While there’s the name Batman on the cover and he’s kinda in the background, the cover to Batman #439 is more Nightwing than Batman. Which makes this one all the more striking, being a large closeup of Batman, someone holding a knife…is it a statue? Is it Batman himself trapped in a covering of mud? It also feels like a fairly unique cover, all the more for the colors…so much muddy brown on a black background…it’s hardly a bright, cheery colorful thing to leap off and grab someone’s attention. For me, though, it was part of my first exposure to then-current Batman in 1989, and has remained a striking cover to me that always seems to grab my attention if I see it anywhere! And something like this story would be an excellent candidate for a Batman: Clayface or whatever those villain-spotlight TPBs are; or of a massive reprint issue for this arc, etc. Yet other than a Norm Breyfogle-specific collection, I don’t think this Mud Pack story has ever actually been collected as its own thing! Which is a darned shame, really.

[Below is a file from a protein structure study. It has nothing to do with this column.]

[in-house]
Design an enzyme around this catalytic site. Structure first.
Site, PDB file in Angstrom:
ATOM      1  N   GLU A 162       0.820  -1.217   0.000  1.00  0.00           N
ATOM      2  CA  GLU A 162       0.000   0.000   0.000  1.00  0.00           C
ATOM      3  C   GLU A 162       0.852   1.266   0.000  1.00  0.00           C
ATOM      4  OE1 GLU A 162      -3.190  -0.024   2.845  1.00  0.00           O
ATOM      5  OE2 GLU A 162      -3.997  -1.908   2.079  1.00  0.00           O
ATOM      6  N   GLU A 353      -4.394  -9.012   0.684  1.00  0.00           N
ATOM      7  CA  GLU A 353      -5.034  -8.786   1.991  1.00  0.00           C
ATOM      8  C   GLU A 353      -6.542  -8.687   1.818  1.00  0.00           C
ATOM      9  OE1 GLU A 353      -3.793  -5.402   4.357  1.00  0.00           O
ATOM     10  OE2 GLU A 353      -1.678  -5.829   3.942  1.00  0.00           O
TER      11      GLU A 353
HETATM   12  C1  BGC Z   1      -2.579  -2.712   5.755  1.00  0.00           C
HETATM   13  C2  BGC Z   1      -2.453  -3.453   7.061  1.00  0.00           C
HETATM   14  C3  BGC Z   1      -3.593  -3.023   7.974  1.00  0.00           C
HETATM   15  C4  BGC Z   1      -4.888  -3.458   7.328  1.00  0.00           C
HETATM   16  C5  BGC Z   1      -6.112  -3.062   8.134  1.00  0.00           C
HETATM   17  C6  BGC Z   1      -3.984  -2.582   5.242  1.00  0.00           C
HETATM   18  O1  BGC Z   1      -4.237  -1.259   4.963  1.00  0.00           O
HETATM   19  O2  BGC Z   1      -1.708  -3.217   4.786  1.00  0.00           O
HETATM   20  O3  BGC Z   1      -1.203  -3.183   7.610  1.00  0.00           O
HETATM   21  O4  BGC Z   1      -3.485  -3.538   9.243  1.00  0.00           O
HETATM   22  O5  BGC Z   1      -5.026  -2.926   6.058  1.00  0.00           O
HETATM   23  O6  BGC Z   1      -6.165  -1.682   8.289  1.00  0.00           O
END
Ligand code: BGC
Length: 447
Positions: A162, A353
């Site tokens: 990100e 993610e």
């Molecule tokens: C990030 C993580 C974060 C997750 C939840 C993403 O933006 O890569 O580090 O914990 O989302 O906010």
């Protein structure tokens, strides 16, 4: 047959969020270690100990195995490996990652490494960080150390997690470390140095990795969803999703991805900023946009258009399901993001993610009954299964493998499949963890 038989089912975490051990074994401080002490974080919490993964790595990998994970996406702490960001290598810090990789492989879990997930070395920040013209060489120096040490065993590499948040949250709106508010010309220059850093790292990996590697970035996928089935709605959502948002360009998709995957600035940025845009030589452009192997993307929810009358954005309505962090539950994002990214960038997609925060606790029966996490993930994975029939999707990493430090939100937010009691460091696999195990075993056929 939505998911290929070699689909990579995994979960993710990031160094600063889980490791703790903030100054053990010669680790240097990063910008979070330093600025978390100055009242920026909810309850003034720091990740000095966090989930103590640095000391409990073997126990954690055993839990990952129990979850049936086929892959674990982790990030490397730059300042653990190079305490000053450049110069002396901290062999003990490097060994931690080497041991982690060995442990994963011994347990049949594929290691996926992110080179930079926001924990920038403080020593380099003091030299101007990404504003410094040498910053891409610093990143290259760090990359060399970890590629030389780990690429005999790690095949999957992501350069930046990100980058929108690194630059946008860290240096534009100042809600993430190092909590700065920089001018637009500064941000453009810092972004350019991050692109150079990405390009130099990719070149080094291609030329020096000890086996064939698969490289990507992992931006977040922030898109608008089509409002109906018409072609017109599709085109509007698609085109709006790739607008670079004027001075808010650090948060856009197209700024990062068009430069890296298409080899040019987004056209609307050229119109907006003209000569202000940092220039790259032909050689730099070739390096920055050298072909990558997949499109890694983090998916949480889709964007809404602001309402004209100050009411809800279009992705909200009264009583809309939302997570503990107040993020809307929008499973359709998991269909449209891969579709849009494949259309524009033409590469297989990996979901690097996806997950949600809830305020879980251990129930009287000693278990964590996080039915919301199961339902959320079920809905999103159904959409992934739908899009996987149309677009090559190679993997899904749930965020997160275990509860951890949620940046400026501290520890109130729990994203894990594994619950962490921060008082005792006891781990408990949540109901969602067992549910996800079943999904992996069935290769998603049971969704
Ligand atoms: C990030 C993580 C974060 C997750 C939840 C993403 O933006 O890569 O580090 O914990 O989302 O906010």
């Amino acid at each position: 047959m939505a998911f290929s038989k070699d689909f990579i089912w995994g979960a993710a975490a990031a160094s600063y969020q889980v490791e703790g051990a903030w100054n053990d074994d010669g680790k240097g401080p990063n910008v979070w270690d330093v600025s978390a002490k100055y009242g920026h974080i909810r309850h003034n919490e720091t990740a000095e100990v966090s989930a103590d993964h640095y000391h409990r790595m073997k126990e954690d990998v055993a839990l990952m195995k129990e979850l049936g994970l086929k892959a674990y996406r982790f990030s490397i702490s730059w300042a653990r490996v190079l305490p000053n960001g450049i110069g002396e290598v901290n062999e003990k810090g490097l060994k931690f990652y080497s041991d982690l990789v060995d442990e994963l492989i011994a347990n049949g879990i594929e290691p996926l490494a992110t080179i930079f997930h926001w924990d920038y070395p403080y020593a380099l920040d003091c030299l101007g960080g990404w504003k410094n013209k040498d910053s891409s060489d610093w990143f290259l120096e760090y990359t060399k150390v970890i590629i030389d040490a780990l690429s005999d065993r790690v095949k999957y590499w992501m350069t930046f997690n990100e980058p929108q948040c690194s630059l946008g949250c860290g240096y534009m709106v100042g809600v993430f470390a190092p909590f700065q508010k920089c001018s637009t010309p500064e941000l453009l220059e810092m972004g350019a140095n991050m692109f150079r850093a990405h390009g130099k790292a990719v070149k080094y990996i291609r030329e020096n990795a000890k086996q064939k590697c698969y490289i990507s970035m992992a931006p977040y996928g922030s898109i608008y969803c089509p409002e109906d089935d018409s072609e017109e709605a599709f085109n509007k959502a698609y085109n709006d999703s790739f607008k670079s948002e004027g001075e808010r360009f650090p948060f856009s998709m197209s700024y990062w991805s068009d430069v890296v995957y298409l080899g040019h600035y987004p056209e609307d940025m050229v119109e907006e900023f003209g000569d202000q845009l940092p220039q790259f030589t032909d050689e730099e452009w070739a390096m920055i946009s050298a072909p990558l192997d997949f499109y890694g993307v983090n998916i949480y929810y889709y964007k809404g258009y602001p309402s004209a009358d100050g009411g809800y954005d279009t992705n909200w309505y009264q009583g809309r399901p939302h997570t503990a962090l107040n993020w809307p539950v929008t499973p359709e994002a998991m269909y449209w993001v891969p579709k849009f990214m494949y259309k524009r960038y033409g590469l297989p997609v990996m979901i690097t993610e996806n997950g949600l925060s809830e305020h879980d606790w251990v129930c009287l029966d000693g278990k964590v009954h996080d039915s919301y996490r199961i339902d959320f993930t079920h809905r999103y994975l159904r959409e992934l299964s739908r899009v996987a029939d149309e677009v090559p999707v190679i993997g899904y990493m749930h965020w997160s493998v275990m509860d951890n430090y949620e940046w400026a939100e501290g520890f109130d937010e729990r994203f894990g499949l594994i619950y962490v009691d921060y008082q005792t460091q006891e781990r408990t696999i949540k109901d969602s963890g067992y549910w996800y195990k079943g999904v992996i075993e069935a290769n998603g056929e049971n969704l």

41-year-old me in 2022 here thinks he knows that Clayface III (Preston Payne) is an Alan Moore character from an Annual. But this issue seems to give us what we need to know about him, what he is and does to appreciate the character. Same for Karlo…though we get less on Lady Clayface. We see her in action, but not much else. We also get the Hagen bits/references…bringing this group of villainous/antagonist characters together (for the first time?) as a unified threat, setting up whatever comes next. The issue is almost cinematic in some ways with an intro image, then prologue, introducing the characters and bringing them together, the Karlo "reveal" as the mastermind, and so on…leaving off on a (perhaps melo) dramatic cliffhanger/threat.